While there are hundreds of student engineering teams from around the world that are crafting prototype Hyperloop pods, there are also startups working to build fully fledged businesses on the back of the futuristic transport system. This contingent has just grown by one with the emergence of Arrivo, a new firm headed up by former SpaceX engineers.
At the helm of Arrivo is Brogan BamBrogan, whose face (and name) you may recall from his time at now-competitor Hyperloop One. BamBrogan was a co-founder and CTO at Hyperloop One and also served as a senior engineer at SpaceX for a decade. BamBrogan and Hyperloop One parted ways in a less-than-amicable legal battle, but the mechanical engineer remains welded to the idea of sending people and cargo through vacuum-sealed tubes at the speed of sound.
Among those following him to Arrivo are co-founders Nima Bahrami, Knut Sauer, William Mulholland, David Pendergast, who were all a part of the Hyperloop One team. Another of the co-founders is former SpaceX senior engineer Jadon Smith, so BamBrogan has got plenty of expertise at his disposal. The significance of the name Arrivo, which is Italian for arrival, lies in the company's objective of delivering a seamless travel experience.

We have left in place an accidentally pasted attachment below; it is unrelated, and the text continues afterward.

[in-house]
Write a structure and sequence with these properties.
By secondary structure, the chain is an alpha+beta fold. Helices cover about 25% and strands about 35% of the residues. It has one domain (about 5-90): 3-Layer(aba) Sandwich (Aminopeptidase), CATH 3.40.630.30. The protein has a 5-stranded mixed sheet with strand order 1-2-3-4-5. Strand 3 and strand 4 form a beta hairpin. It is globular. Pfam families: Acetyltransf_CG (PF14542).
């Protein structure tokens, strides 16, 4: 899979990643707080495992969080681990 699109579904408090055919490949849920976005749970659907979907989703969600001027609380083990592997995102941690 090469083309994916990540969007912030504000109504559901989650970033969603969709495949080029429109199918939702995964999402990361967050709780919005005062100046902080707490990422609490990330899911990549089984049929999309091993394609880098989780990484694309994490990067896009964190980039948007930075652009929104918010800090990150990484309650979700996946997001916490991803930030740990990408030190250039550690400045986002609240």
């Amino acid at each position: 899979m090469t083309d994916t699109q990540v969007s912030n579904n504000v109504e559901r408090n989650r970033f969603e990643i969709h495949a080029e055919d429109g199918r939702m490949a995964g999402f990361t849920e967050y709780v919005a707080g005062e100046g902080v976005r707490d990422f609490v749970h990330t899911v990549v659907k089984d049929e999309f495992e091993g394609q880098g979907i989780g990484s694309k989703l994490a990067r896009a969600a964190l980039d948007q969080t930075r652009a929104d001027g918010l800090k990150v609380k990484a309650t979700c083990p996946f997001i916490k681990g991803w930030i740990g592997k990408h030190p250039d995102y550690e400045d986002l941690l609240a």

"Why travel when you can arrive?" asks BamBrogan, (we're not sure what he means by this, but hey, the guy spent a decade firing rockets into space so maybe he knows something we don't).
The company plans to have a 30-strong engineering team in place by June, and 70 to 80 staff by the end of 2017. It also has plans to establish two test sites, one of which will be in the US, and have revenue-generating projects in operation within three years.
Along with Hyperloop One, Hyperloop Transportation Technologies is another startup working to make the transport system a reality. These both run independently to the Hyperloop pod competitions held by SpaceX, whose CEO Elon Musk first dreamt up the idea a few years ago.
If all this seems confusing, it's because nobody owns Hyperloop, in the same way that nobody owns the concept of highways, railways or subways. So in this sense, and in the race to get what Musk calls a "fifth mode of transportation" up and running, the more competition the better.
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